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Digital Subscriptions > Family Tree > Family Tree March 2018 > A policeman’s lot?

A policeman’s lot?

Explore the serious, sublime and the ridiculous facets of family history in this genealogical miscellany. This issue, Tom Wood attempts to make sense of some census conundrums and unusual birth records

Dear Tom

Genealogical miscellany

We’ve had a fair number of puzzling occupations in these columns in the past, but this one from Lorna Young is a new one on me. Lorna tells me her ancestor Jane Stroud married a police constable named John Cameron and on the 1891 Census they are living in Camberwell. Nothing unusual so far you may think, however, in the occupation column of the census sheet it says that John is a ‘Police Constable in charge of empty house’. What does this mean, Lorna wonders? Was he disaffected with his job or is there a better explanation? Let’s hope so! Incidentally, Lorna says her ancestor Jane had two sisters: Margaret Bessie, who also married a police constable (called George Whatley), and Sarah Ann, whose husband was called James Constable! Perhaps, as Lorna says, it was a family theme!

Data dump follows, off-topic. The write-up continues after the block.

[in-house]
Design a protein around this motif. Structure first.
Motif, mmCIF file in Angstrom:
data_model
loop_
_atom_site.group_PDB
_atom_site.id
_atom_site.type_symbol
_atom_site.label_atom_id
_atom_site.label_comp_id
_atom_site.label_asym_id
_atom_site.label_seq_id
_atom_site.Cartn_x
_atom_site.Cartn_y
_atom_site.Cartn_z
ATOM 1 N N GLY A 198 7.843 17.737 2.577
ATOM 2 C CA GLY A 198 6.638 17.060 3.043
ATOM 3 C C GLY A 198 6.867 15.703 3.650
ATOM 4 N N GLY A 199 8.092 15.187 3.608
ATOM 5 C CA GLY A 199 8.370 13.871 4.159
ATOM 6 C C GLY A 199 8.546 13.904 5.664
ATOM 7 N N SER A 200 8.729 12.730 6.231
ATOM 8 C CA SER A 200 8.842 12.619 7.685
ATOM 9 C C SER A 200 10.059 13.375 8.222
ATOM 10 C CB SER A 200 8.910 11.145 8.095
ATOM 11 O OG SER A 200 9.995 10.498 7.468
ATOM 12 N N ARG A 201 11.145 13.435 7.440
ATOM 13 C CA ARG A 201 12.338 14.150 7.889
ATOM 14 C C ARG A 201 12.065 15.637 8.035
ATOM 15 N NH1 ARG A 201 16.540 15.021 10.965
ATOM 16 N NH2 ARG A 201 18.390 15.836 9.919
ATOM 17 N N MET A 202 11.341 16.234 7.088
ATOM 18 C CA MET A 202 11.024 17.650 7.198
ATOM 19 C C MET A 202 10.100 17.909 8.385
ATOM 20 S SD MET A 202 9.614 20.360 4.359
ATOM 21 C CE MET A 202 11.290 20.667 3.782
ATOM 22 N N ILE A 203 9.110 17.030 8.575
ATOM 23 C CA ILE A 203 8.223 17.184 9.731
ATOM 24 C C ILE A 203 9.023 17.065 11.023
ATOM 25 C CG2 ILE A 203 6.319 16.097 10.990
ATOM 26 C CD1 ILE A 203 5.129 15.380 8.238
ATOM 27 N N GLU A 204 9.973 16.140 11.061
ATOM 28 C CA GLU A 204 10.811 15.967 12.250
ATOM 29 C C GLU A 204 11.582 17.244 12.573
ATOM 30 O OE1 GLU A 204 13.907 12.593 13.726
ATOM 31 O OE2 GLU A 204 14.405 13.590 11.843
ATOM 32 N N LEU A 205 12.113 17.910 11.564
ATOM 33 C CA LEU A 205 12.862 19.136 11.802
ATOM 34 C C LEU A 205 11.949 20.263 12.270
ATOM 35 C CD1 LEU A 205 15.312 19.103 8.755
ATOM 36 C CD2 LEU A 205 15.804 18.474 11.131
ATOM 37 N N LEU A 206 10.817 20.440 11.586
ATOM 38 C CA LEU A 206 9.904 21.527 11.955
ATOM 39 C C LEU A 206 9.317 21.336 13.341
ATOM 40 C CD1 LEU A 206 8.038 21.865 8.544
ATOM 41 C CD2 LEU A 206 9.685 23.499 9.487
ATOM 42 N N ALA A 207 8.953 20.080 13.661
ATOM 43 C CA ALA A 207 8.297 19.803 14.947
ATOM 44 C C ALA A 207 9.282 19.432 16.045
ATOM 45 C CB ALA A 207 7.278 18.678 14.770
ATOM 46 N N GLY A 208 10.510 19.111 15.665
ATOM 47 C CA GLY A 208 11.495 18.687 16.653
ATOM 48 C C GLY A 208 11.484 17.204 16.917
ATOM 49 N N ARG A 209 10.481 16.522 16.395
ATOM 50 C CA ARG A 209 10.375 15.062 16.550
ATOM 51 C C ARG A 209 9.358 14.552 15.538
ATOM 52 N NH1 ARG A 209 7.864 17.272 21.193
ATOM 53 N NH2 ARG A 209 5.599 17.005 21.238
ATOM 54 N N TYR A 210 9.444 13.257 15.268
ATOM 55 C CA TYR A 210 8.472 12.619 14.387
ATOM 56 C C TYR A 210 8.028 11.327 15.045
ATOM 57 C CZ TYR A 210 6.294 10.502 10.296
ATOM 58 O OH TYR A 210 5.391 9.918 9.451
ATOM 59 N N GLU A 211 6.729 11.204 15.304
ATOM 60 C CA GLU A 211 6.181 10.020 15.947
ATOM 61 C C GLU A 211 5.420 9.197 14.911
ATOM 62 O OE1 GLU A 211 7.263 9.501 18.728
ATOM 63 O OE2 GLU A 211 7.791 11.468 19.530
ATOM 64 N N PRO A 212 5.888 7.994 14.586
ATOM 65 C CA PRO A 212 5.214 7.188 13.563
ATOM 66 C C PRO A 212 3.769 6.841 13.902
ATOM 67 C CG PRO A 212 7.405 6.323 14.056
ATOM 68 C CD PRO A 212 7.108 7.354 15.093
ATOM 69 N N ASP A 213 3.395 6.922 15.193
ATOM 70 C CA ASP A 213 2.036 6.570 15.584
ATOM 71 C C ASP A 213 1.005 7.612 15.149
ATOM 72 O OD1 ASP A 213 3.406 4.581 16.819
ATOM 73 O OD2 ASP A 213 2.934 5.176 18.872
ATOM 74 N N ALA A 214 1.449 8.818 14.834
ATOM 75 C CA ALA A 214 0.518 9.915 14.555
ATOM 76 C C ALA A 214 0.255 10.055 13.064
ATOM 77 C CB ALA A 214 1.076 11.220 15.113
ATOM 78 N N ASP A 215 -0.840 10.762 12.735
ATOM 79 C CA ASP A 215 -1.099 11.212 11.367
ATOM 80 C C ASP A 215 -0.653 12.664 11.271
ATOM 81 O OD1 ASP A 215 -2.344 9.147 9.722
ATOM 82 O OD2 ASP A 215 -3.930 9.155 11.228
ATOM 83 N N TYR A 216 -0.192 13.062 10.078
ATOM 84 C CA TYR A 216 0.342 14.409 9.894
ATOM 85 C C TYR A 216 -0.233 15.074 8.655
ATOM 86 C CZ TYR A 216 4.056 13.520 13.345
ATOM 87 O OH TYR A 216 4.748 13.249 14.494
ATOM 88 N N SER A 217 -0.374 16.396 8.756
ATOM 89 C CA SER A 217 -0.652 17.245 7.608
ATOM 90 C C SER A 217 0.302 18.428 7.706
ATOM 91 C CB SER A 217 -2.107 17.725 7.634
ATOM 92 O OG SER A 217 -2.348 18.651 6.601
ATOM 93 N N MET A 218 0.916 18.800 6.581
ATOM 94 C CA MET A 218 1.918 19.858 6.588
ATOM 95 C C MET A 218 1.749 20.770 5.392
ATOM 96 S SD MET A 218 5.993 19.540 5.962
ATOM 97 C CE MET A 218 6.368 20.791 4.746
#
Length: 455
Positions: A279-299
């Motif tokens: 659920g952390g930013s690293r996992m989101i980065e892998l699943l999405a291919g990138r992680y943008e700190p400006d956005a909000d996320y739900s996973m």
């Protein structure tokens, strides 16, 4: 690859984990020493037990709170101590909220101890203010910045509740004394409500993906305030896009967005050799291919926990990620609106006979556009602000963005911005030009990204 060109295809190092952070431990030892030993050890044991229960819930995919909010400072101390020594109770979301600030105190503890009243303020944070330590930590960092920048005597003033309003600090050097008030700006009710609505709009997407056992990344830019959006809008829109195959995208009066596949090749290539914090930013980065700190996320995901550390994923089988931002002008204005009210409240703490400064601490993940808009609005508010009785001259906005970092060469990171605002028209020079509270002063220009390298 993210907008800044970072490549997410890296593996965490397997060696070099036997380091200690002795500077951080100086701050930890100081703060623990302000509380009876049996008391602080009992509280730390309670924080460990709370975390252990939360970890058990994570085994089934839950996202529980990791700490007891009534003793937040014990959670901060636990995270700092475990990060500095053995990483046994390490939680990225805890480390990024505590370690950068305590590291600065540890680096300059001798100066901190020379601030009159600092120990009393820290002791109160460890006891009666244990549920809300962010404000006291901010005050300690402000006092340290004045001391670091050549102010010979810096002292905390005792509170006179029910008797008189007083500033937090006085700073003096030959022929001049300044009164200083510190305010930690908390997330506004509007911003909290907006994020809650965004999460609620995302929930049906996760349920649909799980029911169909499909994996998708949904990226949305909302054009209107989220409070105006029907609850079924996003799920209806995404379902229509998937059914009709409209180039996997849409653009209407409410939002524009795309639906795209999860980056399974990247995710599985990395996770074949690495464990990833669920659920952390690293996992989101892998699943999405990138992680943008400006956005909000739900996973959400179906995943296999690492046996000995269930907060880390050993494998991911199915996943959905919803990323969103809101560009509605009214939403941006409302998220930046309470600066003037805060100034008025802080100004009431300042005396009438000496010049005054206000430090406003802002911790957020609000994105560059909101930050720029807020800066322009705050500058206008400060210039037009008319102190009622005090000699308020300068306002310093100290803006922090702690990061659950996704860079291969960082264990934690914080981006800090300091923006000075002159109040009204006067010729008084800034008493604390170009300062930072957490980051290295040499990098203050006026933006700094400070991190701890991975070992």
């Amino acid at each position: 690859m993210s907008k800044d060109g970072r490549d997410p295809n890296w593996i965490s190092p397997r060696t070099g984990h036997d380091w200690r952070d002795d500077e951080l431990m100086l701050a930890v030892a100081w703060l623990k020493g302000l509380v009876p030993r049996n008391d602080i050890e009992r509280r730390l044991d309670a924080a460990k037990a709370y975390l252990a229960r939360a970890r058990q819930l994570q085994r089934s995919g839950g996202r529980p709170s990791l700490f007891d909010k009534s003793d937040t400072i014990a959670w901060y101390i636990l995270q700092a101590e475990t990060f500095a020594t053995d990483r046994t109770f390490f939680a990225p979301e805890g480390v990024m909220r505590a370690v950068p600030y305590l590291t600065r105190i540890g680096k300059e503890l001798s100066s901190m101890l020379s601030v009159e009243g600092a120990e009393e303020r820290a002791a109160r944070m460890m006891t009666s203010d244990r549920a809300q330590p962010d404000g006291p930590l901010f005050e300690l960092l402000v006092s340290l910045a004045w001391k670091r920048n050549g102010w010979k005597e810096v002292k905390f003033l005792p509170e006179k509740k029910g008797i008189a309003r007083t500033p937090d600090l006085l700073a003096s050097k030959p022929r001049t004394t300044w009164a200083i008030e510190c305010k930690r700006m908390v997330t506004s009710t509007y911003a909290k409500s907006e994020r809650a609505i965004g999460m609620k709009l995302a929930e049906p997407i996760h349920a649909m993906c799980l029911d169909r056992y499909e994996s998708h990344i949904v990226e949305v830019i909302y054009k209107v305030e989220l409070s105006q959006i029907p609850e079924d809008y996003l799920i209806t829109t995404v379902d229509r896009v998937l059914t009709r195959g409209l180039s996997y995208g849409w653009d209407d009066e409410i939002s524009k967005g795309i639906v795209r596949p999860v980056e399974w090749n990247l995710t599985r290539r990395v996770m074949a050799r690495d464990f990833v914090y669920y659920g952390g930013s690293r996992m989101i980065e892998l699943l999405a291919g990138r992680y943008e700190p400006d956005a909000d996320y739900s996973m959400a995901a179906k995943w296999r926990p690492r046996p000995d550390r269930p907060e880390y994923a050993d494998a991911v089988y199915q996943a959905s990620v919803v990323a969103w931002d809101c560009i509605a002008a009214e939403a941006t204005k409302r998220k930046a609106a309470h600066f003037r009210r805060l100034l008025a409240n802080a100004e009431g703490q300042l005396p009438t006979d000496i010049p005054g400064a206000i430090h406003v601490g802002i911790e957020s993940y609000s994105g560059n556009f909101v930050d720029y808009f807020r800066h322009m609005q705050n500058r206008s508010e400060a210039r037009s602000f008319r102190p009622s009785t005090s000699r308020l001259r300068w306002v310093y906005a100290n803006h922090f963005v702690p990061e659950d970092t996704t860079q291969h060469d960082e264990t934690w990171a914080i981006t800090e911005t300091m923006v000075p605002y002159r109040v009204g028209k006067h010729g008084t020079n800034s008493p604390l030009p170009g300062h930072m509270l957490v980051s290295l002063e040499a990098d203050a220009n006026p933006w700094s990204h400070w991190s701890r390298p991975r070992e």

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Where would today's family historian be without the wonders of the web? This issue we give you bespoke clues to help you mine that nugget of ancestral gold from among the billions of records available the major family history websites. But family history isn't just about researching facts. It's about recording and treasuring that family story. So to help you do just this, we also have a guide to building your own website for your genealogical discoveries - an online home for your family archive. Step up, and see where you can take your research next!